Austrian case casts doubt on Pompeo’s defence of US extradition policy
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Austrian case casts doubt on Pompeo’s defence of US extradition policy

Monday, 02 September 2019
This is an opinion article by an external contributor. The views belong to the writer.
Meng Wanzhou was apprehended in Vancouver late last year at US authorities’ behest; the charges against her included bank and wire fraud. In response, China promptly arrested two Canadians in Beijing on suspicion of espionage.
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US Secretary of State Mike Pompeo has vehemently rejected suggestions that Washington’s extradition request for Huawei executive Meng Wanzhou is a bargaining chip in President Trump’s ongoing trade war with China.

Pompeo reacted angrily to accusations that the US had ordered Canadian authorities to detain Meng for political reasons and claimed that the US has an impeccable track record when it comes to its extradition requests.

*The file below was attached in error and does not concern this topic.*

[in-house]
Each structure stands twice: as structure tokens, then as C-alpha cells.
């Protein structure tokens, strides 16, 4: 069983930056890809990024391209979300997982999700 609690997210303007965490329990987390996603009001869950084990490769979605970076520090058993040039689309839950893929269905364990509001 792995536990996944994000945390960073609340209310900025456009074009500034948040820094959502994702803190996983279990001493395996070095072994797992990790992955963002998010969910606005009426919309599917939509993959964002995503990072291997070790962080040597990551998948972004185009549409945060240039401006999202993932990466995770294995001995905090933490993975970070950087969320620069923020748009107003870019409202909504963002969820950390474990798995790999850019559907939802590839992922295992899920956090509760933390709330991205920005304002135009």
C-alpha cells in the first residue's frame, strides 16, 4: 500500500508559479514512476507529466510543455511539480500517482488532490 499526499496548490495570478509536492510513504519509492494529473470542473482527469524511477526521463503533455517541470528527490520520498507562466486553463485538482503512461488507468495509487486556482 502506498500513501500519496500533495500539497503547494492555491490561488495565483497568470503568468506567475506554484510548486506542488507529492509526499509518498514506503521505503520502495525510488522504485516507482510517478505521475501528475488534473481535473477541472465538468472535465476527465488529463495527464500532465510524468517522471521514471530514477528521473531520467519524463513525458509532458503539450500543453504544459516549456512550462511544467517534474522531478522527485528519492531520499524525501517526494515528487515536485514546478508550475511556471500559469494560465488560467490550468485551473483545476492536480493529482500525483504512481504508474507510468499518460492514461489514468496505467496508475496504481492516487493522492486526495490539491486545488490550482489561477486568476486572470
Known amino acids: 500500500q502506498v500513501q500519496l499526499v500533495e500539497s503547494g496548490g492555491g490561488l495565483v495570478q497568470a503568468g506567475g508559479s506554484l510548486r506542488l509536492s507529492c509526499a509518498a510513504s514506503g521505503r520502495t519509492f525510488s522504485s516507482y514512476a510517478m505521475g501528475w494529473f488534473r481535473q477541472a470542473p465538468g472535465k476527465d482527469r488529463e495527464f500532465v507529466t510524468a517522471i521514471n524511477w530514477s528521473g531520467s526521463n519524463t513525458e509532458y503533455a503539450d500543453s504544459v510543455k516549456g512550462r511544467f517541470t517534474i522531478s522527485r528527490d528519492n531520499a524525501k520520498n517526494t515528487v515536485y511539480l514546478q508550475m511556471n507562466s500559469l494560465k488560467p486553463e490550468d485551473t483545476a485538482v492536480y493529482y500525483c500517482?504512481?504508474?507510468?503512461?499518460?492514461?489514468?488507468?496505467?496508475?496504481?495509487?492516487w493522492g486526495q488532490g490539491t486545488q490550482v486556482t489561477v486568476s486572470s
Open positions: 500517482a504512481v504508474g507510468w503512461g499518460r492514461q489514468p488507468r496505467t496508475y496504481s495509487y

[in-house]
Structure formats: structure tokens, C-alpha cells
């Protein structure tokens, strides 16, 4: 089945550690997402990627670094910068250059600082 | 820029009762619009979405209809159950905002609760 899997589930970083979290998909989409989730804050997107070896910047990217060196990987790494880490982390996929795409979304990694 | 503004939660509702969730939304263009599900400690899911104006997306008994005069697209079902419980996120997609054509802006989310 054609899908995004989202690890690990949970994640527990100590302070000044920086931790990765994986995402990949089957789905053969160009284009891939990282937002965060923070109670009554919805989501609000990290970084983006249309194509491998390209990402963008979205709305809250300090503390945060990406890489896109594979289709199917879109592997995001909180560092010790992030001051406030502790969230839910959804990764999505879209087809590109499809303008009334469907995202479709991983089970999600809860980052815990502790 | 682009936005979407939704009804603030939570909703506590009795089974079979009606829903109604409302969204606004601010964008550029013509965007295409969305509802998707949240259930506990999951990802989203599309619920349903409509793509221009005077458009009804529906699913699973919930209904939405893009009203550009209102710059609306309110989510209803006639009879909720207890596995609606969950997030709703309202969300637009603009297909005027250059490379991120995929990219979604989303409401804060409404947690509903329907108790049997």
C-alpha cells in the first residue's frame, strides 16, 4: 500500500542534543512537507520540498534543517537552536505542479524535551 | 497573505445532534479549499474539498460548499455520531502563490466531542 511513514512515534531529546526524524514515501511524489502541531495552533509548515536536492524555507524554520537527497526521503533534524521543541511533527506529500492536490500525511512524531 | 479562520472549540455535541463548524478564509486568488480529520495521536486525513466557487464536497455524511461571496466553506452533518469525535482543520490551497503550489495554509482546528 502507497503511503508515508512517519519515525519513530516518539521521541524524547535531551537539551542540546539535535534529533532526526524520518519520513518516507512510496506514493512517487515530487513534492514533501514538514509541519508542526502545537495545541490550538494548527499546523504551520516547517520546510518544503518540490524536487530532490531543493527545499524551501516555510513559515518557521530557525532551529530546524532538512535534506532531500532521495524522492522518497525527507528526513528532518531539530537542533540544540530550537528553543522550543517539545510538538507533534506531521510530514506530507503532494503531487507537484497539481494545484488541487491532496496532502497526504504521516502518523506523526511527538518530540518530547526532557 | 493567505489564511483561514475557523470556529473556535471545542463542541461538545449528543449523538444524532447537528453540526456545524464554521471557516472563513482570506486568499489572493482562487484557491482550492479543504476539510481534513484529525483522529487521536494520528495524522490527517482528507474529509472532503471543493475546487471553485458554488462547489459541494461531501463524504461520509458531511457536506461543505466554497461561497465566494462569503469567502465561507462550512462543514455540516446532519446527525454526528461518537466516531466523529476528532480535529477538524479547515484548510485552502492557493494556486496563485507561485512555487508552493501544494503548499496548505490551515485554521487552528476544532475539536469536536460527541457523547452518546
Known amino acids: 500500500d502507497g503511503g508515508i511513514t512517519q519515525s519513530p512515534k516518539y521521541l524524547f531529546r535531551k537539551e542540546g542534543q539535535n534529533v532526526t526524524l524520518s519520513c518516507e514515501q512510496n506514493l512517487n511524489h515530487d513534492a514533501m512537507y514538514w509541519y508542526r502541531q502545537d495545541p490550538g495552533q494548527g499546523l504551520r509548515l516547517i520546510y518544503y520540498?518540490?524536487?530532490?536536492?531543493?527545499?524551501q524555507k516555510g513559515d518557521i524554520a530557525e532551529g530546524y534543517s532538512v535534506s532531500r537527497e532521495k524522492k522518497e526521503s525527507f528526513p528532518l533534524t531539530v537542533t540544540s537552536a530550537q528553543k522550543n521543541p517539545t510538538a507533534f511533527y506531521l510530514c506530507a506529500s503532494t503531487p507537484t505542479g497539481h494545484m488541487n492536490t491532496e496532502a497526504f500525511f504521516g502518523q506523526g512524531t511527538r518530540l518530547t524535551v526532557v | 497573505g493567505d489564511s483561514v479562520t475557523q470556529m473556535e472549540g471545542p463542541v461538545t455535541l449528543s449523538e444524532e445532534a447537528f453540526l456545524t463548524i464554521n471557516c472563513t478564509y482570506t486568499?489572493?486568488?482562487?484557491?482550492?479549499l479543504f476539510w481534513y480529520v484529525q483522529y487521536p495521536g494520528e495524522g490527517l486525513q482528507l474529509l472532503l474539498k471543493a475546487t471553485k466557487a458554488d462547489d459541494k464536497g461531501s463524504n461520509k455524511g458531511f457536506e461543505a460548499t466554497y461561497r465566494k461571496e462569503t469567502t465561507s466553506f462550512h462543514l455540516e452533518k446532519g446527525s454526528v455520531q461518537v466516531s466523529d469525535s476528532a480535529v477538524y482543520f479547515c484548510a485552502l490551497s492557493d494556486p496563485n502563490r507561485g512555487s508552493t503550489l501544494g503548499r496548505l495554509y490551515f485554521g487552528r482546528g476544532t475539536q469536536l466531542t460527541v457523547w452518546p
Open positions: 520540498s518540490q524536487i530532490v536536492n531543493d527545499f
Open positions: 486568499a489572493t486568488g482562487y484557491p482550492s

The timely resurfacing of another case may undermine Pompeo’s arguments, with Austrian authorities especially well placed to see through the subterfuge. US prosecutors have been seeking the extradition of Ukrainian oligarch Dimitri Firtash for five years, but lingering suspicions over their ulterior motives cast lengthy shadows on their integrity vis-à-vis both Firtash and Meng.

Diplomatic tit for tat

Meng was apprehended in Vancouver late last year at US authorities’ behest; the charges against her included bank and wire fraud. In response, China promptly arrested two Canadians in Beijing on suspicion of espionage and harming national security in a move widely perceived as thinly-veiled retaliation. Canadian-Chinese relations have soured as a result, with Beijing refusing to buy staple products such as pork and soybeans from Ottawa.

In last week’s press conference, Pompeo discredited the idea that the two detentions were comparable, as well as flatly denying that the request for Meng to be extradited has a political side. Pompeo’s first credibility problem comes from his own boss— President Trump has previously expressly stated that he might intervene in the Meng case in exchange for a better trade deal with Beijing. Pompeo nevertheless sought to distance himself and the DoJ from the president’s own words, claiming that Meng’s arrest – like all of Washington’s extradition requests – was only sanctioned after due diligence and accumulation of substantial evidence.